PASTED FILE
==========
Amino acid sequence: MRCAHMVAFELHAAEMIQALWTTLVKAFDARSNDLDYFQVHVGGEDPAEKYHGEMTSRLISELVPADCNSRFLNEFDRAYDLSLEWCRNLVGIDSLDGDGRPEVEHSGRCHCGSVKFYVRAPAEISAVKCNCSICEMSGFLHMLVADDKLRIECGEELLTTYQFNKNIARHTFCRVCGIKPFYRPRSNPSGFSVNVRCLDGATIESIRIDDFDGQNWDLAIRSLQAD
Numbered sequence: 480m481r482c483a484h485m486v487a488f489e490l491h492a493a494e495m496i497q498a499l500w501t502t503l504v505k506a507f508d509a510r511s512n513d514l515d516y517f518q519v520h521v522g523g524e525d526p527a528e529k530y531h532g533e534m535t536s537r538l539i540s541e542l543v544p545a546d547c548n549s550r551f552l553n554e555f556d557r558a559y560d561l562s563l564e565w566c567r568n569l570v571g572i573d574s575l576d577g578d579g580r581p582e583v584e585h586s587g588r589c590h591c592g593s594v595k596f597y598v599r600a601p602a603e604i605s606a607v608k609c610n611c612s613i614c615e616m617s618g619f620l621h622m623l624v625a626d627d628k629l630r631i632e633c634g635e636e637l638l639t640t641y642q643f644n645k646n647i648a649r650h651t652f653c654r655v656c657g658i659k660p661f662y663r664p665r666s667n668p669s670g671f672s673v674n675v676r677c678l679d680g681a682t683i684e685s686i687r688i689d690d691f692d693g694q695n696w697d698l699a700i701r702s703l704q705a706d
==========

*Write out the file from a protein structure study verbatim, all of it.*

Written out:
Amino acid sequence: MRCAHMVAFELHAAEMIQALWTTLVKAFDARSNDLDYFQVHVGGEDPAEKYHGEMTSRLISELVPADCNSRFLNEFDRAYDLSLEWCRNLVGIDSLDGDGRPEVEHSGRCHCGSVKFYVRAPAEISAVKCNCSICEMSGFLHMLVADDKLRIECGEELLTTYQFNKNIARHTFCRVCGIKPFYRPRSNPSGFSVNVRCLDGATIESIRIDDFDGQNWDLAIRSLQAD
Numbered sequence: 480m481r482c483a484h485m486v487a488f489e490l491h492a493a494e495m496i497q498a499l500w501t502t503l504v505k506a507f508d509a510r511s512n513d514l515d516y517f518q519v520h521v522g523g524e525d526p527a528e529k530y531h532g533e534m535t536s537r538l539i540s541e542l543v544p545a546d547c548n549s550r551f552l553n554e555f556d557r558a559y560d561l562s563l564e565w566c567r568n569l570v571g572i573d574s575l576d577g578d579g580r581p582e583v584e585h586s587g588r589c590h591c592g593s594v595k596f597y598v599r600a601p602a603e604i605s606a607v608k609c610n611c612s613i614c615e616m617s618g619f620l621h622m623l624v625a626d627d628k629l630r631i632e633c634g635e636e637l638l639t640t641y642q643f644n645k646n647i648a649r650h651t652f653c654r655v656c657g658i659k660p661f662y663r664p665r666s667n668p669s670g671f672s673v674n675v676r677c678l679d680g681a682t683i684e685s686i687r688i689d690d691f692d693g694q695n696w697d698l699a700i701r702s703l704q705a706d